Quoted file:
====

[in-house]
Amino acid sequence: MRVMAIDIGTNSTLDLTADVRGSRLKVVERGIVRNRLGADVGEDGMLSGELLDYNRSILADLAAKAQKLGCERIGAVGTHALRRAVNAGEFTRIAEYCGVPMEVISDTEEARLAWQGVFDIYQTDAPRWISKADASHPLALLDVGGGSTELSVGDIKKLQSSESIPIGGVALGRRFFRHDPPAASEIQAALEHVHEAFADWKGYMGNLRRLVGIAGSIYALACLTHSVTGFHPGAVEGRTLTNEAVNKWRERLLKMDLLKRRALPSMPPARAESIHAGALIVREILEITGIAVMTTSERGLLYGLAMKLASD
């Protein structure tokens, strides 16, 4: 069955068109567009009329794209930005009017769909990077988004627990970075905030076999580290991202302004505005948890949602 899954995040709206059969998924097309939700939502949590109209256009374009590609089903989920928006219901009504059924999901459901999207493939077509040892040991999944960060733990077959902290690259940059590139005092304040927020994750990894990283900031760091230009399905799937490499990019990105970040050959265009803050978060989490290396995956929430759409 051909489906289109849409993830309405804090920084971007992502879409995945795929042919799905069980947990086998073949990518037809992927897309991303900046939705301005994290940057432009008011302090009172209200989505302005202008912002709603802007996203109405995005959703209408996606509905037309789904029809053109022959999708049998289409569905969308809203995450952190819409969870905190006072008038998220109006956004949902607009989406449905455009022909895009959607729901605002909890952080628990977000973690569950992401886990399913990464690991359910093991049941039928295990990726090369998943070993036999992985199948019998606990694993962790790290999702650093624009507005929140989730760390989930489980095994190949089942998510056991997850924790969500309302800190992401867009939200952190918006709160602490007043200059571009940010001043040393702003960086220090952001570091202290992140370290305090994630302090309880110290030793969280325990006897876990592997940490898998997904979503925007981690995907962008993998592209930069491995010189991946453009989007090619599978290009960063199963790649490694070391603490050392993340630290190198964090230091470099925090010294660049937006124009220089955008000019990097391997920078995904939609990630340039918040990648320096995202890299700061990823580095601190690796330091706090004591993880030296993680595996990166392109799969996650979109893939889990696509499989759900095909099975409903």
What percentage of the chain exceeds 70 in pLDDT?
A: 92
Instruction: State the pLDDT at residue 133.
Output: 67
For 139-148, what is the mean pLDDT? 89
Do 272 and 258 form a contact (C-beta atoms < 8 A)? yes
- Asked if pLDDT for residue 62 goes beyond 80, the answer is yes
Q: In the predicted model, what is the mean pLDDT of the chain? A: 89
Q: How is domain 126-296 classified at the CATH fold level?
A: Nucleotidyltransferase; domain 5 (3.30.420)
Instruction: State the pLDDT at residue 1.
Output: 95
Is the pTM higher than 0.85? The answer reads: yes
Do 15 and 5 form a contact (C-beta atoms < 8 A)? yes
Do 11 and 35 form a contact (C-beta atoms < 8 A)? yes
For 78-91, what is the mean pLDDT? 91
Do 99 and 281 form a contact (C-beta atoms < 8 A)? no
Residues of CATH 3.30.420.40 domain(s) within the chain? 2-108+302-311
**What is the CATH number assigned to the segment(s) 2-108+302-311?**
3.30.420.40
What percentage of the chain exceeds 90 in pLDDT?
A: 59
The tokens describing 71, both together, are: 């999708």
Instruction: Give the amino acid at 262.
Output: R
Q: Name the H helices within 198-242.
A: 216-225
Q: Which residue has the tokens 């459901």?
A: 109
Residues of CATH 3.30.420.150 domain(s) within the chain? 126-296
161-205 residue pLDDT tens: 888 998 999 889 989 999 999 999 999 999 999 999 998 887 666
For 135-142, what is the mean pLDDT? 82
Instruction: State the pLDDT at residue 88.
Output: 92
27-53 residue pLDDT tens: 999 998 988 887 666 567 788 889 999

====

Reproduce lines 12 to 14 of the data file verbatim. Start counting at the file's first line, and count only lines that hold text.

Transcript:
Q: How is domain 126-296 classified at the CATH fold level?
A: Nucleotidyltransferase; domain 5 (3.30.420)
Instruction: State the pLDDT at residue 1.